“No one in this world, so far as I know, has ever lost money by underestimating the intelligence of the great masses of the plain people.” —H. L. Mencken
H. L. Mencken was wrong.
In this endlessly fascinating book, New Yorker columnist James Surowiecki explores a deceptively simple idea that has profound implications: large groups of people are smarter than an elite few, no matter how brilliant—better at solving problems, fostering innovation, coming to wise decisions, even predicting the future.
This seemingly counterintuitive notion has endless and major ramifications for how businesses operate, how knowledge is advanced, how economies are (or should be) organized and how we live our daily lives. With seemingly boundless erudition and in delightfully clear prose, Surowiecki ranges across fields as diverse as popular culture, psychology, ant biology, economic behaviorism, artificial intelligence, military history and political theory to show just how this principle operates in the real world.
Despite the sophistication of his arguments, Surowiecki presents them in a wonderfully entertaining manner. The examples he uses are all down-to-earth, surprising, and fun to ponder. Why is the line in which you’re standing always the longest? Why is it that you can buy a screw anywhere in the world and it will fit a bolt bought ten-thousand miles away? Why is network television so awful? If you had to meet someone in Paris on a specific day but had no way of contacting them, when and where would you meet? Why are there traffic jams? What’s the best way to win money on a game show? Why, when you walk into a convenience store at 2:00 A.M. to buy a quart of orange juice, is it there waiting for you? What do Hollywood mafia movies have to teach us about why corporations exist?
The Wisdom of Crowds is a brilliant but accessible biography of an idea, one with important lessons for how we live our lives, select our leaders, conduct our business, and think about our world.
An easy-to-read and though-provoking book about collective intelligent. It stresses, provided the crowd is independent and diversified, that the crowd can deduce better decision than the average individual.
The concept is similar to the one proposed in another book, The Starfish and the Spider. The catch is that when there are too many people buying the same argument/decision, it creates the social interdependence that breaks the accuarcy of this theory.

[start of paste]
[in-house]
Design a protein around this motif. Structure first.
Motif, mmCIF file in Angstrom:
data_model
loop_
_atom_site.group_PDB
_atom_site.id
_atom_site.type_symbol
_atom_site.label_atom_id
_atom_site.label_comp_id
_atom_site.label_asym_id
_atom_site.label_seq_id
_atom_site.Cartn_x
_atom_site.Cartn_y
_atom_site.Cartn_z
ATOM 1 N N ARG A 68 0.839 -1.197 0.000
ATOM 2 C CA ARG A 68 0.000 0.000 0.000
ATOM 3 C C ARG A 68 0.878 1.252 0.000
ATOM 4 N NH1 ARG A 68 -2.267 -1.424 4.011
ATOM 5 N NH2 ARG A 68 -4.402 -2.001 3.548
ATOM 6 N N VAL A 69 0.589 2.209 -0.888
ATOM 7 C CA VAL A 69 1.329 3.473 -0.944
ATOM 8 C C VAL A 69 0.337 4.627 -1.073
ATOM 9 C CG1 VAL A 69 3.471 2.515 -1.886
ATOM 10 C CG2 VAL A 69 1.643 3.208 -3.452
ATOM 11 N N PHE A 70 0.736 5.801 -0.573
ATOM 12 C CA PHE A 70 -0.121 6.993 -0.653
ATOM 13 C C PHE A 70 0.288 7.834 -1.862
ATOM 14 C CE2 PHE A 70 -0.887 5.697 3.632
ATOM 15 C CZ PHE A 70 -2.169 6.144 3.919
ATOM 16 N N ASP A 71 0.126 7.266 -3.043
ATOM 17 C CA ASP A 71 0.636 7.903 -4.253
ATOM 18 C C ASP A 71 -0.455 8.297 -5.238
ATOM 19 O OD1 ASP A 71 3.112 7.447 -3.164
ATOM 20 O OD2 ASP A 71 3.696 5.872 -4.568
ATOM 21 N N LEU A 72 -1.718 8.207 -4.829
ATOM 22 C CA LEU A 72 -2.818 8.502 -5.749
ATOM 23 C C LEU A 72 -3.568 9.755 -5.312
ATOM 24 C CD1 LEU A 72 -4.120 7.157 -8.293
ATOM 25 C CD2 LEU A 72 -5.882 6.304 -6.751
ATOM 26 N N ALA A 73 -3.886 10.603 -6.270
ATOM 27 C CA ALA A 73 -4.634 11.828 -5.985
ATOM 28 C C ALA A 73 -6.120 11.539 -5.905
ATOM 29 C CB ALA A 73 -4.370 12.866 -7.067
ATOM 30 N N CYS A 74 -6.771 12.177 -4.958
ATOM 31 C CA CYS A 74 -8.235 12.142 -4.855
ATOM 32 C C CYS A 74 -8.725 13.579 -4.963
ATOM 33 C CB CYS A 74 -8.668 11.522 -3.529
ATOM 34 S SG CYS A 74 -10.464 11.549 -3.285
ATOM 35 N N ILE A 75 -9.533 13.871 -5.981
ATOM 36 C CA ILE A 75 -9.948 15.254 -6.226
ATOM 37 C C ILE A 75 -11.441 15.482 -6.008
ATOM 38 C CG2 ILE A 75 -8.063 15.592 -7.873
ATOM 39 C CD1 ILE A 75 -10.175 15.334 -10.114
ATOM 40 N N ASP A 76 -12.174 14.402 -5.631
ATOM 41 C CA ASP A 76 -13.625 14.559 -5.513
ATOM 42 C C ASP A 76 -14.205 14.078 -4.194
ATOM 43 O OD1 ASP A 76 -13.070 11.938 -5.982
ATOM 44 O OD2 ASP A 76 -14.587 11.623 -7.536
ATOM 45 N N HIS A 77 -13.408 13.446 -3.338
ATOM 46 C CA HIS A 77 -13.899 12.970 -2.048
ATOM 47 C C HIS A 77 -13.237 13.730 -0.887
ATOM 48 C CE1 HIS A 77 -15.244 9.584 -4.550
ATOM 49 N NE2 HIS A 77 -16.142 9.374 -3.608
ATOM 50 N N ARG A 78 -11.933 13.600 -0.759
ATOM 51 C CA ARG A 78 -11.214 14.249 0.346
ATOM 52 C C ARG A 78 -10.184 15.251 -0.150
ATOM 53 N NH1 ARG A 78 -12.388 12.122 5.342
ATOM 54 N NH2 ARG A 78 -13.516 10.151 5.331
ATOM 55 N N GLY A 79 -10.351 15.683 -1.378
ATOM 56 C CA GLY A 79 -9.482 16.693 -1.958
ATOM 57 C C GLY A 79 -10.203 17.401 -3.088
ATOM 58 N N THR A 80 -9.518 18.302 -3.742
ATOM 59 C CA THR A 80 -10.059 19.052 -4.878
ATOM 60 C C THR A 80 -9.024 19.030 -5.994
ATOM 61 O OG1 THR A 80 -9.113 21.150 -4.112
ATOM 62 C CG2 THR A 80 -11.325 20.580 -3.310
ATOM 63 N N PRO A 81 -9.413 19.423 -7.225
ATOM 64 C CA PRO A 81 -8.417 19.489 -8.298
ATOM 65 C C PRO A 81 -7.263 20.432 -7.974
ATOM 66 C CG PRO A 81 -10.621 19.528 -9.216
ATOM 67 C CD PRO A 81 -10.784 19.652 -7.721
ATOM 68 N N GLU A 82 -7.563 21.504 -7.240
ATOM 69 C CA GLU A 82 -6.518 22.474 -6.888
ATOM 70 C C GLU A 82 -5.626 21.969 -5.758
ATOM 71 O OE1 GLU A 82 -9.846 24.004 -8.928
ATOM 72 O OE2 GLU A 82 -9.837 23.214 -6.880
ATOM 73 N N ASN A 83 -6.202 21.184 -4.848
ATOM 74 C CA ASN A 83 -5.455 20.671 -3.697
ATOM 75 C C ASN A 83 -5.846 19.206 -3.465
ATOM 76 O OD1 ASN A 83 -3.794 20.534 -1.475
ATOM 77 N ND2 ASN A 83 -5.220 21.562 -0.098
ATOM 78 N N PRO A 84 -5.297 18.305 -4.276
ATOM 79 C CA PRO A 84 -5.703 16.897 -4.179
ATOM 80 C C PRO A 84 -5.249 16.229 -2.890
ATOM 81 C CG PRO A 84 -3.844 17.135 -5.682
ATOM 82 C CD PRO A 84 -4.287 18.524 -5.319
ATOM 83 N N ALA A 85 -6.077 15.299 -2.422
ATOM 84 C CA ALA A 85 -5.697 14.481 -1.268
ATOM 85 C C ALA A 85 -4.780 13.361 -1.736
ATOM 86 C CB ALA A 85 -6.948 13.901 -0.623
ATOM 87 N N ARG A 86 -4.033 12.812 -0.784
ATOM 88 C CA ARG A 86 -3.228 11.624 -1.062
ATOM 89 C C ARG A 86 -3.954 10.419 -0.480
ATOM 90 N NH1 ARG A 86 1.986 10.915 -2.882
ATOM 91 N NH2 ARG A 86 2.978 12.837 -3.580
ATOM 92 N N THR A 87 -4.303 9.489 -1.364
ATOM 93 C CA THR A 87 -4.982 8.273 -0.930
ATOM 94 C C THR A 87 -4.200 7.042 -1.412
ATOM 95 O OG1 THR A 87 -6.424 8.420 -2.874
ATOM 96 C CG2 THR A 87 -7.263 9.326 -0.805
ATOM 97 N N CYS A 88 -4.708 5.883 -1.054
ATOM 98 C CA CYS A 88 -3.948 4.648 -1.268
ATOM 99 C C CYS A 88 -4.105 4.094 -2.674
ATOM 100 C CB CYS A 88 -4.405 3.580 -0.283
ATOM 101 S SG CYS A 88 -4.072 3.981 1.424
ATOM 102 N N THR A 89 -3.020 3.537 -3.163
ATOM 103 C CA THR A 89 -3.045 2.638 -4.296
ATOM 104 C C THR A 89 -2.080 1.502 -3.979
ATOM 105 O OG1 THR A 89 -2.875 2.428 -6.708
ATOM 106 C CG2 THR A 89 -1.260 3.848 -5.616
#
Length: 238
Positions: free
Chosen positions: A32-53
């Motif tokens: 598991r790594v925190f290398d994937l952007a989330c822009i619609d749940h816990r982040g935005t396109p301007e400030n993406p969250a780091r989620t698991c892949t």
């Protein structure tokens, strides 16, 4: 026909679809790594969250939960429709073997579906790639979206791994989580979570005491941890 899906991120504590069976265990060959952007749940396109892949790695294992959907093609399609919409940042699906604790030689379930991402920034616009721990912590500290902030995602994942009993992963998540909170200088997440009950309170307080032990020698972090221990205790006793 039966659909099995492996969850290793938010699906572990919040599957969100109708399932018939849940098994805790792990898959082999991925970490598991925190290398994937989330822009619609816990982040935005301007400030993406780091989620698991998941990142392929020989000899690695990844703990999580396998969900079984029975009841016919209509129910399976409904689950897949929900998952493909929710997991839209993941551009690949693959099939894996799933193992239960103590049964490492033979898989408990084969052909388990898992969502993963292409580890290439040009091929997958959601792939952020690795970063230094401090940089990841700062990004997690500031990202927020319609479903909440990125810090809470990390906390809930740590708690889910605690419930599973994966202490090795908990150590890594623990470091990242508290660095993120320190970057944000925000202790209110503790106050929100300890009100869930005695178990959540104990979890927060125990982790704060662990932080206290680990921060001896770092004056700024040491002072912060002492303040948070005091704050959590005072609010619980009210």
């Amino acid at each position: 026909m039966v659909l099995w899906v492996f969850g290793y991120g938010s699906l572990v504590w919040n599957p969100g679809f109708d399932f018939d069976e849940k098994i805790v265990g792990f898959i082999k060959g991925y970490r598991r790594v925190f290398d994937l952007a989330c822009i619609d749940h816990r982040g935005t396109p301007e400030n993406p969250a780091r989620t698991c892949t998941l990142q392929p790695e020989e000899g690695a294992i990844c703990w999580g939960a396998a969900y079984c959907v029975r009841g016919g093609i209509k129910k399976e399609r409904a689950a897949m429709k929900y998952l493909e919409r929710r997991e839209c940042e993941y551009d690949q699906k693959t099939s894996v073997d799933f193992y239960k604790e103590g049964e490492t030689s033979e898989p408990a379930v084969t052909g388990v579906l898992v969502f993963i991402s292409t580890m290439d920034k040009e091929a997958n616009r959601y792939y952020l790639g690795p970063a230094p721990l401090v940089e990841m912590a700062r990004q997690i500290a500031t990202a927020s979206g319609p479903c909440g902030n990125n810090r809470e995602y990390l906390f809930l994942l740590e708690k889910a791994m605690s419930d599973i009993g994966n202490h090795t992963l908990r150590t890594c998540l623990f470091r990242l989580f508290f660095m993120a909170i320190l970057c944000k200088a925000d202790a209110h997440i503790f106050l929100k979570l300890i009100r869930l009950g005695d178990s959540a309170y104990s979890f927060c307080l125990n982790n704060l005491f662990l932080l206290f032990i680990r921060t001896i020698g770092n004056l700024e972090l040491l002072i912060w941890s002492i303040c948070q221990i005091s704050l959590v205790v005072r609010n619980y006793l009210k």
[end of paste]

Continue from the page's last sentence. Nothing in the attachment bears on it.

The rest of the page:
Why? One reason is the so called social proof. When the number of people in the bandwagon increase, the more general public it will attract, the less diverisified the group may become. Another point is called Infotmation Cascade. A few first-tryer may influence the public to a good or bad bandwagon. This is similar to the epidemics as mentioned in Tipping Point (mavens, connectors, salemen). Sometimes imatation is good, only if poeple do not follow mindlessly.
To have a good balance, there ought to be an effective means for individual contribution be made known at the global level. Or else the crowd are not aware of it and cannot collectively decide whether it is good or not.
Comparatively, the first half of the book on the basic advocation of crowd intelligent is more interesting than the second half on case study. Despite of this, this book gives fair perspective on different sides of the coins. It worths the time....Continua
The author suggests here that a bunch of dumb people actually can do better than 1 single genius. That is, 1+1=3!
But, it is with certain conditions:
1. The mass got to be big enough
2. Each person need to make independent decision, to avoid decision cascade
3. The mass should be diversify enough, to avoid group think.
This sound very good, and actually explained why deomcratic makes good sense, and why we should act as selfish as we can to create good market in this capitalist economy!
BUT, I am not convinced, at all!
The author able to quote a lot of very interesting examples to backup his book, but this is far from enough. I suppose any arguement can give quite some example if you are dig them out serious enough. What the author need to do is to provide a hypothesis! An explaination why 1+1=3 is working! This is something the author cannot do at all in this very thick book. But, this book should be published after "Fooled by Randomness", the author should know that seeing 20 million white swan does not rule out the possibility of black swan.........
Just smooth talk does not help to convince me....Continua